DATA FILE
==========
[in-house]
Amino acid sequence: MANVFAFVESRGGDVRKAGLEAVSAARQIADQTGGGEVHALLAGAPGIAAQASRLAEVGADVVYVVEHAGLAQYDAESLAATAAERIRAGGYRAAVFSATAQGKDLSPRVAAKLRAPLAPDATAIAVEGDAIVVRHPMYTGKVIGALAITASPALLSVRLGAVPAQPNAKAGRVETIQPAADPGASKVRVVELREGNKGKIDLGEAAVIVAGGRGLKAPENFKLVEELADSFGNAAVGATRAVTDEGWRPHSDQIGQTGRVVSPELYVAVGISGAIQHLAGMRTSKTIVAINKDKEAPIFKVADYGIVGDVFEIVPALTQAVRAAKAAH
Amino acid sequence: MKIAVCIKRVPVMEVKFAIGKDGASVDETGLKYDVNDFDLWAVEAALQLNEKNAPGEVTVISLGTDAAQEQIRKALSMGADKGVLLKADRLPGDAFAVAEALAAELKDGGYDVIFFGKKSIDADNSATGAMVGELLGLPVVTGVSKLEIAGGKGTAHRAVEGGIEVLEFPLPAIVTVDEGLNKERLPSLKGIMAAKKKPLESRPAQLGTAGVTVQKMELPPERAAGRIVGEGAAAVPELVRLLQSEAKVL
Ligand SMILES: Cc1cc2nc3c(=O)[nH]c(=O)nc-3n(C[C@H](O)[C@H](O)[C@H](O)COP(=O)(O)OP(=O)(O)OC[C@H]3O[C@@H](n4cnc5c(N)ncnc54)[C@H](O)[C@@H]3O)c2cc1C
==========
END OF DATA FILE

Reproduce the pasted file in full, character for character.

[in-house]
Amino acid sequence: MANVFAFVESRGGDVRKAGLEAVSAARQIADQTGGGEVHALLAGAPGIAAQASRLAEVGADVVYVVEHAGLAQYDAESLAATAAERIRAGGYRAAVFSATAQGKDLSPRVAAKLRAPLAPDATAIAVEGDAIVVRHPMYTGKVIGALAITASPALLSVRLGAVPAQPNAKAGRVETIQPAADPGASKVRVVELREGNKGKIDLGEAAVIVAGGRGLKAPENFKLVEELADSFGNAAVGATRAVTDEGWRPHSDQIGQTGRVVSPELYVAVGISGAIQHLAGMRTSKTIVAINKDKEAPIFKVADYGIVGDVFEIVPALTQAVRAAKAAH
Amino acid sequence: MKIAVCIKRVPVMEVKFAIGKDGASVDETGLKYDVNDFDLWAVEAALQLNEKNAPGEVTVISLGTDAAQEQIRKALSMGADKGVLLKADRLPGDAFAVAEALAAELKDGGYDVIFFGKKSIDADNSATGAMVGELLGLPVVTGVSKLEIAGGKGTAHRAVEGGIEVLEFPLPAIVTVDEGLNKERLPSLKGIMAAKKKPLESRPAQLGTAGVTVQKMELPPERAAGRIVGEGAAAVPELVRLLQSEAKVL
Ligand SMILES: Cc1cc2nc3c(=O)[nH]c(=O)nc-3n(C[C@H](O)[C@H](O)[C@H](O)COP(=O)(O)OP(=O)(O)OC[C@H]3O[C@@H](n4cnc5c(N)ncnc54)[C@H](O)[C@@H]3O)c2cc1C